Head injuries are no laughing matter

Published On November 12, 2012 | By Kimberly Petalas

Even with the NHL still locked out, it is still important that we focus our attention on certain aspects of the sport.

On November 10, Boston Bruin Nathan Horton was officially cleared to return to hockey once (or if) the season resumes. Horton suffered from a concussion back in January.

“Nathan is healthy and ready for the season to start,” Horton’s agent Paul Krepelka said. “Has been for a while now. He’s ready to go and has been ready to go.”

Horton was hurt in the second period of a game against the Philadelphia Flyers. After he let a shot go, he was hit from the side by Tom Sestito. Horton finished the period, but he didn’t return for the third.

Horton has had a few concussion problems starting with the open-ice hit he took from Vancouver defenseman Aaron Rome in Game 3 of the 2011 Stanley Cup finals. After a summer of recovery, he returned to the lineup and played until he suffered his second concussion from Sestito.

Head injuries can be very severe, and should not be something to joke about. Apparently no one informed Sestito’s agent, Scott Norton, of that fact.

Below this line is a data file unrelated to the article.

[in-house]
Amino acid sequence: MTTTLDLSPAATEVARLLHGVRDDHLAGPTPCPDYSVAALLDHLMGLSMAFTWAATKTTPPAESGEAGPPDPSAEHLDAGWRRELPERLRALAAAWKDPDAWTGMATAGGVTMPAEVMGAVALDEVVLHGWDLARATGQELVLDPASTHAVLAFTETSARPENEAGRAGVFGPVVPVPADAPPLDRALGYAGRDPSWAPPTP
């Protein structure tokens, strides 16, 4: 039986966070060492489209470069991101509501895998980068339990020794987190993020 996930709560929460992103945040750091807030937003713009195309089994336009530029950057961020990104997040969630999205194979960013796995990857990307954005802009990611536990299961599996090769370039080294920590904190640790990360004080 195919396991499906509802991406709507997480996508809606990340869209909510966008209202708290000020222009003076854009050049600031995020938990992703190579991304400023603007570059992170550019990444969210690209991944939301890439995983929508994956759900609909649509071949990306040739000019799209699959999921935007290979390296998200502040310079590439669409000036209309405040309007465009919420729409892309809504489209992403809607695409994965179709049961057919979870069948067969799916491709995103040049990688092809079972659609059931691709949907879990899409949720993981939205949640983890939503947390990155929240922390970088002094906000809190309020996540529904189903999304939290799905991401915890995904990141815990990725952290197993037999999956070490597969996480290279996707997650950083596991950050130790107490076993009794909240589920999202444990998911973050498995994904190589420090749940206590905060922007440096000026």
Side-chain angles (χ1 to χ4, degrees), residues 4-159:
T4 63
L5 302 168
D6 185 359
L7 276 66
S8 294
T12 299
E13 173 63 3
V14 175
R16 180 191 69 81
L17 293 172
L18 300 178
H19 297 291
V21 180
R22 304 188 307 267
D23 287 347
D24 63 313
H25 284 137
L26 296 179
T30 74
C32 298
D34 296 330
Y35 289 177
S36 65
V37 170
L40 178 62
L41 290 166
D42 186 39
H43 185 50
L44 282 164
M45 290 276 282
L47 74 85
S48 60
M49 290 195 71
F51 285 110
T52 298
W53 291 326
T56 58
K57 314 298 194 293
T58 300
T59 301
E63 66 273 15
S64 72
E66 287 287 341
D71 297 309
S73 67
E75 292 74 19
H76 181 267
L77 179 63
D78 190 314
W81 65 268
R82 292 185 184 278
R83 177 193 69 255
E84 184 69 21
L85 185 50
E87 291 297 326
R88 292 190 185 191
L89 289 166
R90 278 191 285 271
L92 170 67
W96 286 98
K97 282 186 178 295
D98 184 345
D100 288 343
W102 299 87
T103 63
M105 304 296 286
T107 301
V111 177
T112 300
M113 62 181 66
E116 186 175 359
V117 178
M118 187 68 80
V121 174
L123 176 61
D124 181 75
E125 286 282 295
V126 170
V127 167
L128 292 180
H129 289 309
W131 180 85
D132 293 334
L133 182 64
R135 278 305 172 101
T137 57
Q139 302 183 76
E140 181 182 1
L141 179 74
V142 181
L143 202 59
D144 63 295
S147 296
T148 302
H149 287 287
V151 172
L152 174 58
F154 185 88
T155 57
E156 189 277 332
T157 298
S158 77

After Horton was cleared on November 10, Norton took to Twitter to address the situation

While his intention for posting this seems to have been lighthearted, many took Norton’s words as offensive. The tweet seemed to be making fun of Horton and his concussion and blaming Horton for the hit.

After some public backlash for the tweet, Norton did apologize for making it seem like he was mocking Horton and praising his own client. However, he then retweeted another tweet claiming Horton was made of glass. Looks like that apology wasn’t very sincere.

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About The Author

Kimberly graduated from Hofstra University in December 2012. She has been a sports fan her whole life and grew up around sports, whether it was playing or watching them. She started her writing career interning for her local newspaper, The Gardner News, where she currently works as a reporter. In college, Kimberly wrote for Long Island Report, as well as Her Campus Hofstra.